Allen added that it should be very easy to run a genetic test on the cancer cells to see if the CAR is present. There are two types of viral vectors used in CAR T therapy, lentiviral vectors and gamma-retroviral vectors, and genetic testing could pinpoint whether one was more frequently seen in these rare secondary cancers, he said. Both analysts hope for an updated advisory from the FDA soon with more details.

The Risk-Benefit Calculation

Until it’s clear what the risk of secondary cancer is, Banerjee said the expansion of CAR-T labeling may be slowed. “I could see this warning putting a spook in the field for smoldering cancers, pre-cancers or autoimmune diseases,” he said. “But I for one would not call for the field to pause using CAR-T in the cancer setting. For instance, if you treat a patient’s cancer earlier, when they are healthier, you may end up with a lower risk of another cancer later.”

In fact, Banerjee said, he, along with other oncologists, have been hoping the FDA will expand its approval for CAR-T in myeloma, which now requires a patient to have received four previous treatment regimens. “Those previous regimens can really be tough and challenging for patients,” he said. “We’ve been hoping the FDA will allow us to move CAR-T strategically into [an] earlier phase of treatment.”

There are hundreds of companies in the CAR-T space, Skorney told BioSpace, “but the ones that took the most pain after the announcement are [those] focusing on autoimmune disease.” On Dec. 5, William Blair hosted a virtual panel on cell therapies as part of its Innovator’s Panel. In a subsequent research note sent to BioSpace by the firm, the consensus of physicians and public and private cell therapy companies was that ”the risk/benefit of CAR T cell therapies in autoimmune patients differs from that of patients with late-stage cancer as most autoimmune patients are not terminal within the next 6 months.” For these patients, the bar may be set higher for safety, with the William Blair report suggesting that any adverse events higher than grade 2 (bothersome but not dangerous) would be of concern.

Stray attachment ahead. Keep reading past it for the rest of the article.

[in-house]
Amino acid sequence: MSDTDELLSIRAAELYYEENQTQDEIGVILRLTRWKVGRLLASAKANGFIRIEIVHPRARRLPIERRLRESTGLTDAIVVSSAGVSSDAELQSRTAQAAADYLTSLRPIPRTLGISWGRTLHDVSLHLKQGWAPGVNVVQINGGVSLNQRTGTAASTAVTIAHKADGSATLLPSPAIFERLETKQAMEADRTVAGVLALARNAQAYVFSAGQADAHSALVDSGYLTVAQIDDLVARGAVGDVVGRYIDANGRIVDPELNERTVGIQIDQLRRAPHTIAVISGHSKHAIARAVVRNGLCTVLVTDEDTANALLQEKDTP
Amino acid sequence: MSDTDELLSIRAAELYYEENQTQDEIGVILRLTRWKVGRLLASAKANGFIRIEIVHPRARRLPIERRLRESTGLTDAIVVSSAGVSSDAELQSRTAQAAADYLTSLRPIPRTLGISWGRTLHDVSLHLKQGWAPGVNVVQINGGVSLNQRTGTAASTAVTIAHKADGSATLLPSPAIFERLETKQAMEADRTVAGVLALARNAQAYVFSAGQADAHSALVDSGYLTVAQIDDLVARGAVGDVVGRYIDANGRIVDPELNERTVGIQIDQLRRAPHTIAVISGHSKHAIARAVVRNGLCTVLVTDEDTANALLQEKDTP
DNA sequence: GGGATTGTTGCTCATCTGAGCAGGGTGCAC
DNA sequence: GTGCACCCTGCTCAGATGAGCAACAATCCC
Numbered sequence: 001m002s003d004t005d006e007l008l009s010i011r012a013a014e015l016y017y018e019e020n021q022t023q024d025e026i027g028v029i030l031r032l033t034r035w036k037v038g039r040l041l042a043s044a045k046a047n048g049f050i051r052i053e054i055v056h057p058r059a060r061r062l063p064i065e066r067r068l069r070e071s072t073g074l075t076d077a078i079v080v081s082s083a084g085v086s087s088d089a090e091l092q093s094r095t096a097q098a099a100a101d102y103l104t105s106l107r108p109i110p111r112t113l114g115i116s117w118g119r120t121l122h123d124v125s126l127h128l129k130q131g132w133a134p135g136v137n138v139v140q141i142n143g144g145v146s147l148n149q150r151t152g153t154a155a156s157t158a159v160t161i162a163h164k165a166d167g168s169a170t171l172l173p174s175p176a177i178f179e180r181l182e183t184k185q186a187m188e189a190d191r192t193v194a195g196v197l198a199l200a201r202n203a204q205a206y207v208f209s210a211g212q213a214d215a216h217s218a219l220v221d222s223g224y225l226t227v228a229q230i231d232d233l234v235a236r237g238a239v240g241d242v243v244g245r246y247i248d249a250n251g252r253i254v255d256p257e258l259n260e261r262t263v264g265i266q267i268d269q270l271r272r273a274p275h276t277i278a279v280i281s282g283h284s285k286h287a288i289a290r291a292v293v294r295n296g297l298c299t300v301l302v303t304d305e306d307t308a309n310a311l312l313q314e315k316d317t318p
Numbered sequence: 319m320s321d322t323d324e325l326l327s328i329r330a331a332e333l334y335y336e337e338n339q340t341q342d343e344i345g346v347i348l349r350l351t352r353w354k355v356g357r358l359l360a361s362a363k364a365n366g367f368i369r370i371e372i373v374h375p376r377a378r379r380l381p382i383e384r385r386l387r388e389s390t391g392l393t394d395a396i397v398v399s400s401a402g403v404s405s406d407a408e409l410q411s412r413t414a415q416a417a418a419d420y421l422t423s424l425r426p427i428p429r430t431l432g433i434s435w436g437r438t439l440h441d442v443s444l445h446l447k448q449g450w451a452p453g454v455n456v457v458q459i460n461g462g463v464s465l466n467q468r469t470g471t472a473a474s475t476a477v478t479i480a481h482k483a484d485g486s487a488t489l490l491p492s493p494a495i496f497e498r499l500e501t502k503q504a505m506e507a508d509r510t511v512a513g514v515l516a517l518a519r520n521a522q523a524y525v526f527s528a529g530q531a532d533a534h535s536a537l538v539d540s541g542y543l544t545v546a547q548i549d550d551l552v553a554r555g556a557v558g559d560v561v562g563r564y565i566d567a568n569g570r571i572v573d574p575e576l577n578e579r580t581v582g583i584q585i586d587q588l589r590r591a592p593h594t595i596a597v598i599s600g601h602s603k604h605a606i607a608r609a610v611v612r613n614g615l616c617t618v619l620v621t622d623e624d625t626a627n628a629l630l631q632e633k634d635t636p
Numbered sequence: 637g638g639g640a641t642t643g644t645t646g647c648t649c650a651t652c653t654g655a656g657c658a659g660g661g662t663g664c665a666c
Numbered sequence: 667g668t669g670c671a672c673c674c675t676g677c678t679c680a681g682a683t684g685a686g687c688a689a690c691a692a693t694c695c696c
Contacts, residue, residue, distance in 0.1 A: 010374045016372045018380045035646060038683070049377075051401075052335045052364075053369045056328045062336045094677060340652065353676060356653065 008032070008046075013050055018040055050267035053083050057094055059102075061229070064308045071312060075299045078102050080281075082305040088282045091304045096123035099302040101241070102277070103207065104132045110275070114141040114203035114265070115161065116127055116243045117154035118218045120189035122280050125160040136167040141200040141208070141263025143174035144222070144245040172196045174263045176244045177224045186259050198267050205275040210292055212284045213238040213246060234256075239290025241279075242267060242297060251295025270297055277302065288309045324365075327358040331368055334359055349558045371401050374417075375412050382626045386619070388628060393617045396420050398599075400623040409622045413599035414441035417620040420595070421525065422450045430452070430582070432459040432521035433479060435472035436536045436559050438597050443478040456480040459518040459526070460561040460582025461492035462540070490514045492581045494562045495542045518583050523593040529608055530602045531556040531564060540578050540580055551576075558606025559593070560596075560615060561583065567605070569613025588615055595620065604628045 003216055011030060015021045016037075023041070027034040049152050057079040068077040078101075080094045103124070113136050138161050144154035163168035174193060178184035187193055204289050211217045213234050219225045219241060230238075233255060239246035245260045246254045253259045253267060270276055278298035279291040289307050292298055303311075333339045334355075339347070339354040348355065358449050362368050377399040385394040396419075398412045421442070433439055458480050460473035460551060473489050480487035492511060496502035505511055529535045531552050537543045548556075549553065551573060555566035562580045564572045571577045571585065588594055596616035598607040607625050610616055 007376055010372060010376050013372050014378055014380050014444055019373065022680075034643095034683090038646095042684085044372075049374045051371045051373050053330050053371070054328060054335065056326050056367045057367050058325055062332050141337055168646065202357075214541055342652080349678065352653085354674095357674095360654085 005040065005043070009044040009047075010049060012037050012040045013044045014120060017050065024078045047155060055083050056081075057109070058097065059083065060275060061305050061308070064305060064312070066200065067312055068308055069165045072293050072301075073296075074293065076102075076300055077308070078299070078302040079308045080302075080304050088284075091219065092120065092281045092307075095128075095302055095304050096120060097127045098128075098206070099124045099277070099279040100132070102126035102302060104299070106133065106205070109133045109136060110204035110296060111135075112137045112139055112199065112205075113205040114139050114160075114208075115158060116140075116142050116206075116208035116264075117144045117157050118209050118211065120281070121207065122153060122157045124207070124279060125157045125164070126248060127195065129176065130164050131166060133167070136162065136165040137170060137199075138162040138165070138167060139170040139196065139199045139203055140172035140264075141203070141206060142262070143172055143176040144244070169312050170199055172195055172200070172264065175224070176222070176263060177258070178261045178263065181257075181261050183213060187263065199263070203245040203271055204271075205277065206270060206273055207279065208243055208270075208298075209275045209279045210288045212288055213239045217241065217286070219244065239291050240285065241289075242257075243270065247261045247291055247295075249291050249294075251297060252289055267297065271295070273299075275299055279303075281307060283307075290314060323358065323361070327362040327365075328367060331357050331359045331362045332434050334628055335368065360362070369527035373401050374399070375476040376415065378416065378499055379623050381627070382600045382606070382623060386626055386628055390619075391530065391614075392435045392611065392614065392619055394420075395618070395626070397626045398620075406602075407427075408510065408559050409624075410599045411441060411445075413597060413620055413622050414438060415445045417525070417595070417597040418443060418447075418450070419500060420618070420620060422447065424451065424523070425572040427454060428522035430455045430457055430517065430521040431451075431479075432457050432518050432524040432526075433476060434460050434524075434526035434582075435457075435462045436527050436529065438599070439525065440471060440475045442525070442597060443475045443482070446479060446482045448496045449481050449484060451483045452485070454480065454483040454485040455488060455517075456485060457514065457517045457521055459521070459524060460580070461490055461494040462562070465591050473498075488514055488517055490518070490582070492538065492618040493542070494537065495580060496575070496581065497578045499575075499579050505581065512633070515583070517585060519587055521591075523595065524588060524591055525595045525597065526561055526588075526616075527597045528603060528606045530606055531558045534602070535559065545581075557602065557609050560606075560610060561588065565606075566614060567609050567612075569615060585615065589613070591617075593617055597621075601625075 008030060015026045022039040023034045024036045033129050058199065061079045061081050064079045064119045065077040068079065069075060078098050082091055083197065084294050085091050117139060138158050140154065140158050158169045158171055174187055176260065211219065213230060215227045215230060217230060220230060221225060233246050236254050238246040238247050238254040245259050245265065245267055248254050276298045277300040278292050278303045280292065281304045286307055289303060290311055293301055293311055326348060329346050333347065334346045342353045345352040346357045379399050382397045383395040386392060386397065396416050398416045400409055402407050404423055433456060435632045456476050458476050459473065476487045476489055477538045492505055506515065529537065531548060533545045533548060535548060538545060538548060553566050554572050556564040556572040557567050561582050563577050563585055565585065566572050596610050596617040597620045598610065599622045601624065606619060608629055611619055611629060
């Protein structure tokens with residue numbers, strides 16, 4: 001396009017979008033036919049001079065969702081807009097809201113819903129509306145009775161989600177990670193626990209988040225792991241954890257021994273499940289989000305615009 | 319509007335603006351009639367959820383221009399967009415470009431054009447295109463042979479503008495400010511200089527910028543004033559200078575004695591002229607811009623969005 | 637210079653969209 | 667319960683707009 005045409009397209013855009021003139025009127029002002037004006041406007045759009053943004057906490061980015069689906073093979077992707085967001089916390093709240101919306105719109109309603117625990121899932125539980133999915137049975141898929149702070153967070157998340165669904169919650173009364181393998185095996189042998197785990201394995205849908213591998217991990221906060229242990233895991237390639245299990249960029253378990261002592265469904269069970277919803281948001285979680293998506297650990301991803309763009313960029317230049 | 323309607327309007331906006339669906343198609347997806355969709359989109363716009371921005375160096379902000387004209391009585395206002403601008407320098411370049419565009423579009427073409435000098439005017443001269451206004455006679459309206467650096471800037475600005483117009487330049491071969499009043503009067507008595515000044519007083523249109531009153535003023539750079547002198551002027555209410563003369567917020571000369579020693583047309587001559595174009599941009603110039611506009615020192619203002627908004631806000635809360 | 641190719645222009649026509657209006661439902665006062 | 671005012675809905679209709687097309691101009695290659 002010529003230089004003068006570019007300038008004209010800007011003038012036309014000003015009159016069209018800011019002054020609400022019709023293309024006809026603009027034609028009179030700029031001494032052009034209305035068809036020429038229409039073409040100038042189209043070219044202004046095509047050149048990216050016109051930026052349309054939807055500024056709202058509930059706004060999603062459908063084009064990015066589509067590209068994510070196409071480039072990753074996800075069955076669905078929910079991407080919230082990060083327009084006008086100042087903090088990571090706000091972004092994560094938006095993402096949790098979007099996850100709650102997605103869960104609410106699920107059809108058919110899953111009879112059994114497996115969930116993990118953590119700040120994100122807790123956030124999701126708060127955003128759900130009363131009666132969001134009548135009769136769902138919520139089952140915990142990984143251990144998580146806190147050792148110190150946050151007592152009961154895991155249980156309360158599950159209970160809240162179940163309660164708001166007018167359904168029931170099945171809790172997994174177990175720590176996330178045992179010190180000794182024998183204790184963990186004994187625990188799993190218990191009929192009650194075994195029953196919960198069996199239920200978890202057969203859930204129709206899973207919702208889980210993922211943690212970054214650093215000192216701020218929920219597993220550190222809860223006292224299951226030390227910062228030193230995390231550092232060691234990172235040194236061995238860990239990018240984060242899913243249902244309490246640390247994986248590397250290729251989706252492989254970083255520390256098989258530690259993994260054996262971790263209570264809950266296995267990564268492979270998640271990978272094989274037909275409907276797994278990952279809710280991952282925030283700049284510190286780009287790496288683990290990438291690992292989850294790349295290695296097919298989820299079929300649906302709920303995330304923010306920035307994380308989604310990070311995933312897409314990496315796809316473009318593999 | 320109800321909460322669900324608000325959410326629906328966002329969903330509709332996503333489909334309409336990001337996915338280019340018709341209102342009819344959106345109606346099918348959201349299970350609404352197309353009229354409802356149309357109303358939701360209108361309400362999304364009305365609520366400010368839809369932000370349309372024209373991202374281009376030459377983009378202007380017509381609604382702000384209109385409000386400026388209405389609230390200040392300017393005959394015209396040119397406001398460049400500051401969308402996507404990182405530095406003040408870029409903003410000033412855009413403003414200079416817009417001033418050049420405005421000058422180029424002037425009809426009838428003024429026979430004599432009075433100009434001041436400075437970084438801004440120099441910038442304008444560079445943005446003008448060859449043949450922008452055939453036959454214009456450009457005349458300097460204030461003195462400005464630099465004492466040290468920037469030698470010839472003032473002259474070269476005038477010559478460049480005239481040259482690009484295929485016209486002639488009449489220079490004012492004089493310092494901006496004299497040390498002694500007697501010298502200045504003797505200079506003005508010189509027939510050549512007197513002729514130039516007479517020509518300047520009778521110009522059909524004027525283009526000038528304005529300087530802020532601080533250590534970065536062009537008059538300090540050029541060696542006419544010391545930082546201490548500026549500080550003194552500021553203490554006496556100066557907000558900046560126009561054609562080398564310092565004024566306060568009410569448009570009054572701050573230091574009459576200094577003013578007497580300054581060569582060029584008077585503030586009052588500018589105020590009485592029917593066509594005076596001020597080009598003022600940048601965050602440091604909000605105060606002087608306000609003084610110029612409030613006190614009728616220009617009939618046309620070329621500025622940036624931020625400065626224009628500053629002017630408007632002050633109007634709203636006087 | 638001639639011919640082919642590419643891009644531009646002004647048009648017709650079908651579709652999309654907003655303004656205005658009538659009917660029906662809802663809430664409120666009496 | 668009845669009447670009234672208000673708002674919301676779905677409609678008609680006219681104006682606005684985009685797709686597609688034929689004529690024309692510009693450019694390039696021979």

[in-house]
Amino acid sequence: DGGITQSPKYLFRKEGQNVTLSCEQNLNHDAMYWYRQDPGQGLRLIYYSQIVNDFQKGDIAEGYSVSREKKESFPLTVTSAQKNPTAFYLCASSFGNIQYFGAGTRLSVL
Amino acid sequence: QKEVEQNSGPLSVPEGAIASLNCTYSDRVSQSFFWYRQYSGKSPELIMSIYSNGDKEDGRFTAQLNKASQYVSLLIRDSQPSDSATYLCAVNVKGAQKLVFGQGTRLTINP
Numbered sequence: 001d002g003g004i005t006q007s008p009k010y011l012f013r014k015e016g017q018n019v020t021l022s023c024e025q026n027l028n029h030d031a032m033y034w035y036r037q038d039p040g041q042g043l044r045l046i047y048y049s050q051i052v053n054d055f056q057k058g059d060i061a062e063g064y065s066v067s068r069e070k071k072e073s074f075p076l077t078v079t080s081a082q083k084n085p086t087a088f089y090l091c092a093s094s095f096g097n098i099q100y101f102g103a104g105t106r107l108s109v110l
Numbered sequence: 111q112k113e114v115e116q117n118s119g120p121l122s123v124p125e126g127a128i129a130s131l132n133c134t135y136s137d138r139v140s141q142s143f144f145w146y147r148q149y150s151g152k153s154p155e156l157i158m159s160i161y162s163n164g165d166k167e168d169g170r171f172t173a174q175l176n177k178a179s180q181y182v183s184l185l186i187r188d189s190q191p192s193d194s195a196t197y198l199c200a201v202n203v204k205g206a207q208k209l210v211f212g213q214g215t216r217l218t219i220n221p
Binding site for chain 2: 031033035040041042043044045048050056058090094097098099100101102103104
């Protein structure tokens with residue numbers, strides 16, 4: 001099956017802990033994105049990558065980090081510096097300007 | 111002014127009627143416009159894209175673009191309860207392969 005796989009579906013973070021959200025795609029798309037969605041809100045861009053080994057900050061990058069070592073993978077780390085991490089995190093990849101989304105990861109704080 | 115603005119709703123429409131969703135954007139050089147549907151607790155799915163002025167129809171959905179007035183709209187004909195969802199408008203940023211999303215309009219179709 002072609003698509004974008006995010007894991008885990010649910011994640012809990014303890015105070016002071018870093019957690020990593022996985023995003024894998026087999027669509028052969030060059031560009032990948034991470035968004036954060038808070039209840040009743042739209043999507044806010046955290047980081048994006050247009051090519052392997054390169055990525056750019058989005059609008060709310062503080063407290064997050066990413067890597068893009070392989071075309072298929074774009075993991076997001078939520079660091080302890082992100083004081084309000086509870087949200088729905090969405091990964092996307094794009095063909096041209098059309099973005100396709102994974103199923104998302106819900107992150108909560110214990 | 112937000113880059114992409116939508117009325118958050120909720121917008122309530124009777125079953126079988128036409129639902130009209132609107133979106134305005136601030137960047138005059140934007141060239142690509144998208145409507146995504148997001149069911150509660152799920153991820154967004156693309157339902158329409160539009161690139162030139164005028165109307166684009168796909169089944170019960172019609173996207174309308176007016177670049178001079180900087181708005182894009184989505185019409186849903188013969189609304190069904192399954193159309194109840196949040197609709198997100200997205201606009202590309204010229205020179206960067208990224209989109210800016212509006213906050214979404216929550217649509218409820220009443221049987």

The announcement of the FDA’s investigation came days ahead of the American Society of Hematology’s annual conference, which took place in San Diego from December 9-12. The advisory was a subject of discussion, Banerjee said, “at almost all of the Friday scientific symposia that touched on CAR-T.”

The FDA also recently delayed a decision on a label expansion for Bristol Myers-Squibb and 2seventybio’s Abecma (ide-cel), which had an initial review date of Dec. 16. The drug is currently allowed as a fifth-line treatment, after four other treatment regimens have been tried, and the partners had hoped Abecma would be approved for earlier use. An advisory committee meeting on the label expansion will likely occur in the first quarter of 2024 and a large group of experts will be convened then, Allen said, adding, “we’re hoping CAR-T itself will be a topic and we can all ask questions then.” 

For now, Banerjee is undeterred in their enthusiasm for CAR-T. He recalled a recent patient who had been hospitalized for a month and whose myeloma had recurred and physically grown into her kidneys—a rare occurrence for a blood cancer. This patient—like every myeloma patient—only qualified for CAR T therapy after receiving four previous treatment regimens. A month after CAR-T infusion, she was in remission.

“CAR-T works very quickly and that’s what I love about it,” he said. “The benefits are very real. It’s a game changer, a lifesaver. That’s what our patients deserve.”

Source: BioSpace